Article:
dried chilies
rice vinegar
sesame oil
sesame seeds
soy sauce
Szechuan peppercorns
Fresh ingredients: cilantro, garlic, ginger, onion, parsley
Extras: Chinese Five Spice, fermented black beans, rice noodles, wheat noodles
Recipes: Hot and Sour Soup with Baby Bok Choy, Vegetable Lo Mein, Orange Sesame Stirfry with Shirataki Noodles

dark sesame oil
dried chilies
kombu seaweed
miso (soybean paste)
rice vinegar
sesame seeds
soy sauce
Fresh ingredients: garlic, ginger, onion
Extras: Japanese Seven Spice, mirin, nori and wakame seaweed, sake, wasabi
Recipes: Vegetarian Miso Soup, Miso Mashed Potatoes, Bare Bones Miso Soup

Resources/Further Reading
International Vegetarian Union Recipes
Cook’s Thesaurus Herb & Spice Mixes
Rick Bayless’ Mexican Food Glossary
Hooked on Heat: Intro to Indian—Know Your Spice
Just Hungry—Back to Japanese Basics
Tigers and Strawberries: Staple Ingredients of the Chinese Pantry
How to Stock the Middle Eastern Pantry

Readers, what’s missing? Are there must-haves missing from this list? What international cuisines need more love? The comments await your expertise.


If you dug this article, you may also dig
Pantry of the Gods
Save Money on Seasoning: Make Your Own Mix
When to Clean Out the Pantry

Tuesday, September 28, 2010

Green Kitchen: Chunky Spiced Unsweetened Applesauce

Green Kitchen is a bi-weekly column about nutritious, inexpensive, and ethical food and cooking. It’s penned by the lovely Jaime Green.

I'd like to take a moment to think on the lessons of zucchini.

I greet the first greenmarket zucchini with excitement – just like every vegetable's first seasonal appearance, this is a momentous occasion. Fresh and bright and less than $2 a pound, I take them home in big bundles, sauteeing them simply for the sweet zucchini flavor.

Fast-forward to August and we're like, Uggh, please, no more zucchini! I know you are cheap, summer squash, but I am sick of you.

Friends, let us not let the apple fall prey to the same late-season disenchantment.

We must take action now, at the start of apple season, to ward off an early winter apple fatigue. Apples, like zucchini, are cheap. They are delicious. They are healthy. But they also survive storage really, really well, and will still be around in cheerful piles come, like, February. Fruit in February! It seems amazing now, but the midwinter farmers market devotee looks at apples like cockroaches after a nuclear winter – their fortitude is admirable, but what you wouldn't give for a delicate berry.

So I say to you now, stop apple fatigue before it starts! Don't binge on raw honeycrisps for the next two months, only to fight tears and a slight gag reflex when they're the only non-potato thing at the greenmarket this winter. Bring to the start of apple season the creativity that usually marks the end of a fruit or vegetable's yearly time, but with excitement and ingenuity rather than bleary-eyed desperation.

We must take advantage of the autumn's apple bounty, lay in stores of this cheap, healthy, delicious fruit, and get creative with it!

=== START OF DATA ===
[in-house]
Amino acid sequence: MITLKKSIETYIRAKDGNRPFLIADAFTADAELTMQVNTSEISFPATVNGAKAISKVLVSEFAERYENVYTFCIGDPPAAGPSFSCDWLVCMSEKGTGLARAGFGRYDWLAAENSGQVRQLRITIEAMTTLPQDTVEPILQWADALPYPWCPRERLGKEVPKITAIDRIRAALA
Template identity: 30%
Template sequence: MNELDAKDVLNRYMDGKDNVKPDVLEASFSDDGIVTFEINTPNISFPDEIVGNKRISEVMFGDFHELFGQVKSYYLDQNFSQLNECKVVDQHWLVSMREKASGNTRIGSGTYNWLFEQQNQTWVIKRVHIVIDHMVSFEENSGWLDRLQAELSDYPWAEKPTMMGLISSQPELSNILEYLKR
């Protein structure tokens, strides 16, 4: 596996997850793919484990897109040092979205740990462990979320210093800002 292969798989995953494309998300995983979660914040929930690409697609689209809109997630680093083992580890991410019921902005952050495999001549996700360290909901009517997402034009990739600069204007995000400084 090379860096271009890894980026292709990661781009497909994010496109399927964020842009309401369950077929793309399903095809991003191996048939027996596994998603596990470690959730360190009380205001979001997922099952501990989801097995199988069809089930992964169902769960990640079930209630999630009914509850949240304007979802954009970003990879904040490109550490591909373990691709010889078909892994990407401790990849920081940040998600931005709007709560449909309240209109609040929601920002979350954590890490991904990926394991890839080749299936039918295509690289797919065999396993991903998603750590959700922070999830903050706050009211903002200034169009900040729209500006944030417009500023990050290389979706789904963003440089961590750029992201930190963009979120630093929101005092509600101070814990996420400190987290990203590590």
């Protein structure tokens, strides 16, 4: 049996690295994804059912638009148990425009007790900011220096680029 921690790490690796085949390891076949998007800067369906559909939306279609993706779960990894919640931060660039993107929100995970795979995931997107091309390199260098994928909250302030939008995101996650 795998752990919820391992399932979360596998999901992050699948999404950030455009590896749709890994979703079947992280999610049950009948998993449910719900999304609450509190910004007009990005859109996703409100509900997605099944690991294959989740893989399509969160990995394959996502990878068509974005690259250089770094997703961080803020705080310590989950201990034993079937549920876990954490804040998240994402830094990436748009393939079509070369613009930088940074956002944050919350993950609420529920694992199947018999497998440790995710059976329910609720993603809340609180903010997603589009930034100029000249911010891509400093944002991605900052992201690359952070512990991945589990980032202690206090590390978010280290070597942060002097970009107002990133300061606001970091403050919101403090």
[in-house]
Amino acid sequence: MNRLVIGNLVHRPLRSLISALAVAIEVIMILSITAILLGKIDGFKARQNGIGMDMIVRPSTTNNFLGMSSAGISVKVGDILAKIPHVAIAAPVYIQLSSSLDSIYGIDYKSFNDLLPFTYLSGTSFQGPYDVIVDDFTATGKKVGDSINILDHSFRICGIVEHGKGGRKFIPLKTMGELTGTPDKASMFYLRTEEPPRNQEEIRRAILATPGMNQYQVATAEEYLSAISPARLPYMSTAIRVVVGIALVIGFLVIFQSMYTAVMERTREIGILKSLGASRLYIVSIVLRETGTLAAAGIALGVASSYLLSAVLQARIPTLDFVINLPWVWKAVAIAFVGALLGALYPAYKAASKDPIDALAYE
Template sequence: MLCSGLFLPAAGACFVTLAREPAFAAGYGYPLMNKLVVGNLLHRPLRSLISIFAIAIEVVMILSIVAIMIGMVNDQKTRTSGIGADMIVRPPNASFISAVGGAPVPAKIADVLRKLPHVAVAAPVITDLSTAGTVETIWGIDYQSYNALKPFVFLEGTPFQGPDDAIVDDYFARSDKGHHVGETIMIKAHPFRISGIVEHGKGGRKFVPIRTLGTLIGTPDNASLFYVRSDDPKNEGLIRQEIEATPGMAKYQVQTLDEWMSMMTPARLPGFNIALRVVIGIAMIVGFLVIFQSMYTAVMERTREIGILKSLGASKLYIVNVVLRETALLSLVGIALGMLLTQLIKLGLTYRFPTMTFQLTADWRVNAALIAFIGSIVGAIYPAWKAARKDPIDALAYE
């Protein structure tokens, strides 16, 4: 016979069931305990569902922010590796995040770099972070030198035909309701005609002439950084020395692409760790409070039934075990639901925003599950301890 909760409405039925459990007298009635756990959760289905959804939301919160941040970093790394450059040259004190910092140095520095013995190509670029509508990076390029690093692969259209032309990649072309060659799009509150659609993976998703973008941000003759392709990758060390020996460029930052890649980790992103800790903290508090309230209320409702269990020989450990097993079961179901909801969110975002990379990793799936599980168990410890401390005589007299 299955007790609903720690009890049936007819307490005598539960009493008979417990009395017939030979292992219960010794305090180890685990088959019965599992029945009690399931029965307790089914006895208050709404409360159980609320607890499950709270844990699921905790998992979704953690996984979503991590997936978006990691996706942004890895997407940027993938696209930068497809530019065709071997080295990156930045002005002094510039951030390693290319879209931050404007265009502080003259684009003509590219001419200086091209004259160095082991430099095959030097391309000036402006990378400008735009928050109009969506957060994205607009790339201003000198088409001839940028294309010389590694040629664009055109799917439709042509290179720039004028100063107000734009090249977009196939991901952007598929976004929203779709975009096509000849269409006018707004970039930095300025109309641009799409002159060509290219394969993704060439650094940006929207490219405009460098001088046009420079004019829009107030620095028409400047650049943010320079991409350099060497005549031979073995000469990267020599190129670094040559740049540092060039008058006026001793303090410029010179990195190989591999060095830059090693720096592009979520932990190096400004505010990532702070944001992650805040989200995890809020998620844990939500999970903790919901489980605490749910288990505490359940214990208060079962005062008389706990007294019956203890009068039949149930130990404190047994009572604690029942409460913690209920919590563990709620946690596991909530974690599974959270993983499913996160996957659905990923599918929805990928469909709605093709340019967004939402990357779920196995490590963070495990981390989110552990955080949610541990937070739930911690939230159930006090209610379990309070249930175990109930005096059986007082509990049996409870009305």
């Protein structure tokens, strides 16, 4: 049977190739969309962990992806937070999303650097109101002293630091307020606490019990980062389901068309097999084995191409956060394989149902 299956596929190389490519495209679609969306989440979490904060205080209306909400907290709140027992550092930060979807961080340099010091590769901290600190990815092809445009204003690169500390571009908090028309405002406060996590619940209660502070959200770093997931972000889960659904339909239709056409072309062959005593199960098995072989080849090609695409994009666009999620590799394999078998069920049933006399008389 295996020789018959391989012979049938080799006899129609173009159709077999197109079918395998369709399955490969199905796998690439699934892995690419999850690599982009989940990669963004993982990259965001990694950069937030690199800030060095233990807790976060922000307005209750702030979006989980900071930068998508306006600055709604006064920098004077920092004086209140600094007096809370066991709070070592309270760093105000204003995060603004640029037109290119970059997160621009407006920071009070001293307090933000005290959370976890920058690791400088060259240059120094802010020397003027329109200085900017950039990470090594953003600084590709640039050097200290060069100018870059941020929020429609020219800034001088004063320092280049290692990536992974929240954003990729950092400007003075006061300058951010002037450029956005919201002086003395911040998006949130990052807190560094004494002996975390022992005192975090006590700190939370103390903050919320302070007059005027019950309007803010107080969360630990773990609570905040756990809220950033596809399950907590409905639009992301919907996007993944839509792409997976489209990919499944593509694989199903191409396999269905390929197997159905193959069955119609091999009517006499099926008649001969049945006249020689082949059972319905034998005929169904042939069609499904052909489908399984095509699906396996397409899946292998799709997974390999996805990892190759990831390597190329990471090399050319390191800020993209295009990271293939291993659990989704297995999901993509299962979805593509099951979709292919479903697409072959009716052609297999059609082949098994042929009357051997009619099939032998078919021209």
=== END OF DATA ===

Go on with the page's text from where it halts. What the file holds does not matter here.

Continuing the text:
Also I've come up with an apple sauce recipe that's really, really good. Like, I just had to take a break from writing about it to go get some from the fridge good.

Awesome things about this apple sauce, other than it being so tasty:
—No sugar! Apples are plenty sweet on their own.
—No milling, grinding, processing, or whatever! This sauce is nice and chunky, which also makes it more versatile than a smooth puree. I've been mixing it in with Greek yogurt all week.
—So cheap! I got my apples for $0.37/lb in a big 4lb bag. Applesauce apples don't need to be pretty, or even the tasty, crisp, sweet apples you'd choose for raw eating. Get 'em cheap.
—It freezes well! I spooned some into a quart freezer bag and used this method for rice-freezing to separate it into individual portions. Come March when the memory of fresh apples grows fond and crappy supermarket produce beckons, I'll have this tastiness stowed away, ready to defrost.
—You may feel like a prairie homesteader while making it, which is silly, because apples are not a prairie thing, but it feels good old-timey domestic. Or maybe that's just me. But it was fun.

(PS: Do plumped-up raisins remind anyone else of Danny, the Champion of the World? God, that book is the best.)


If you like this recipe, you may enjoy:
All Night Apple Butter
Maple-Ginger Applesauce
Autumn Apple Salad


Chunky Spiced Applesauce (Unsweetened)

makes approximately 1 quart, or 8 1/2-cup servings

4 lbs apples (about 10 cups chopped)
1 cup raisins
3 tbsp lemon juice
2 tsp cinnamon
1 tsp ground ginger
1 tsp nutmeg
a few dashes cayenne
a dash of salt

1. Core and chop the apples. The larger your chunks, the chunkier your sauce. Unevenness is fine, too.

2. As you collect your chopped apples in a large bowl or whatnot, add a tablespoon of lemon juice every few apples. This keeps the apples from browning and is good for the sauce.

3. Heat a large pot over medium heat. Add the apples, stirring to get them all hot.